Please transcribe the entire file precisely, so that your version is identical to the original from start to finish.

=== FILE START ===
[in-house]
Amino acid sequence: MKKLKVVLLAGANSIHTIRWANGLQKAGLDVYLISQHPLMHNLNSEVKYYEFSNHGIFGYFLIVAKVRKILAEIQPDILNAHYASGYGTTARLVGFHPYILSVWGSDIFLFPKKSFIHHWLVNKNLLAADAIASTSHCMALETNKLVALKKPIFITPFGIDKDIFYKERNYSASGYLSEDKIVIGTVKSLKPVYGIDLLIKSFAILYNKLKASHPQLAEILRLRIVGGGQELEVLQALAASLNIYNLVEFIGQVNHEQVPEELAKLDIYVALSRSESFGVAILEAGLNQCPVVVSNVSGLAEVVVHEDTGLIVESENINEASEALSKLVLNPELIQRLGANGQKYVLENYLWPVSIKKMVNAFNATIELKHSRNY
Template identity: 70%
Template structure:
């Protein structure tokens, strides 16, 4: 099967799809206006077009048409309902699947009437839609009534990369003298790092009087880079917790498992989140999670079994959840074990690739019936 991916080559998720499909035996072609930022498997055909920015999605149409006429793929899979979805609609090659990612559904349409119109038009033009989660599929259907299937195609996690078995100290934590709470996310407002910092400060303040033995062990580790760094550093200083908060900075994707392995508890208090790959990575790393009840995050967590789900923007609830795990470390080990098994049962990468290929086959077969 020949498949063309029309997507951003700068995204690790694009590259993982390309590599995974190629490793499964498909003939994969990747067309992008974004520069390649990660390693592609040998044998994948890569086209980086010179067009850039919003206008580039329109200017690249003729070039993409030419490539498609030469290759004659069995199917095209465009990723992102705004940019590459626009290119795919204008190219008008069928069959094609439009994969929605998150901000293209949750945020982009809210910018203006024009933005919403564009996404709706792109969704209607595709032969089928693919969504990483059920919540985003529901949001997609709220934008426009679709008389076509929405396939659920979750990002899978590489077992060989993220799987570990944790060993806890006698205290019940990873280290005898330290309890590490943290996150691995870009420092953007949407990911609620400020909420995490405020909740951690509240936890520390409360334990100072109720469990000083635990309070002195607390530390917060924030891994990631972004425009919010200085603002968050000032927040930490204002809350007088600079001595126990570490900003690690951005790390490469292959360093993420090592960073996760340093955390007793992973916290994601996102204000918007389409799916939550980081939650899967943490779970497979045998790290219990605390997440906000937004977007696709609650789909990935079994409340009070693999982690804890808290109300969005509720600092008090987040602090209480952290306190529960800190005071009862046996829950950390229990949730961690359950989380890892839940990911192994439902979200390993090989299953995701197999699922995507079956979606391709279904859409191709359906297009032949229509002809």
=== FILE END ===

[in-house]
Amino acid sequence: MKKLKVVLLAGANSIHTIRWANGLQKAGLDVYLISQHPLMHNLNSEVKYYEFSNHGIFGYFLIVAKVRKILAEIQPDILNAHYASGYGTTARLVGFHPYILSVWGSDIFLFPKKSFIHHWLVNKNLLAADAIASTSHCMALETNKLVALKKPIFITPFGIDKDIFYKERNYSASGYLSEDKIVIGTVKSLKPVYGIDLLIKSFAILYNKLKASHPQLAEILRLRIVGGGQELEVLQALAASLNIYNLVEFIGQVNHEQVPEELAKLDIYVALSRSESFGVAILEAGLNQCPVVVSNVSGLAEVVVHEDTGLIVESENINEASEALSKLVLNPELIQRLGANGQKYVLENYLWPVSIKKMVNAFNATIELKHSRNY
Template identity: 70%
Template structure:
């Protein structure tokens, strides 16, 4: 099967799809206006077009048409309902699947009437839609009534990369003298790092009087880079917790498992989140999670079994959840074990690739019936 991916080559998720499909035996072609930022498997055909920015999605149409006429793929899979979805609609090659990612559904349409119109038009033009989660599929259907299937195609996690078995100290934590709470996310407002910092400060303040033995062990580790760094550093200083908060900075994707392995508890208090790959990575790393009840995050967590789900923007609830795990470390080990098994049962990468290929086959077969 020949498949063309029309997507951003700068995204690790694009590259993982390309590599995974190629490793499964498909003939994969990747067309992008974004520069390649990660390693592609040998044998994948890569086209980086010179067009850039919003206008580039329109200017690249003729070039993409030419490539498609030469290759004659069995199917095209465009990723992102705004940019590459626009290119795919204008190219008008069928069959094609439009994969929605998150901000293209949750945020982009809210910018203006024009933005919403564009996404709706792109969704209607595709032969089928693919969504990483059920919540985003529901949001997609709220934008426009679709008389076509929405396939659920979750990002899978590489077992060989993220799987570990944790060993806890006698205290019940990873280290005898330290309890590490943290996150691995870009420092953007949407990911609620400020909420995490405020909740951690509240936890520390409360334990100072109720469990000083635990309070002195607390530390917060924030891994990631972004425009919010200085603002968050000032927040930490204002809350007088600079001595126990570490900003690690951005790390490469292959360093993420090592960073996760340093955390007793992973916290994601996102204000918007389409799916939550980081939650899967943490779970497979045998790290219990605390997440906000937004977007696709609650789909990935079994409340009070693999982690804890808290109300969005509720600092008090987040602090209480952290306190529960800190005071009862046996829950950390229990949730961690359950989380890892839940990911192994439902979200390993090989299953995701197999699922995507079956979606391709279904859409191709359906297009032949229509002809």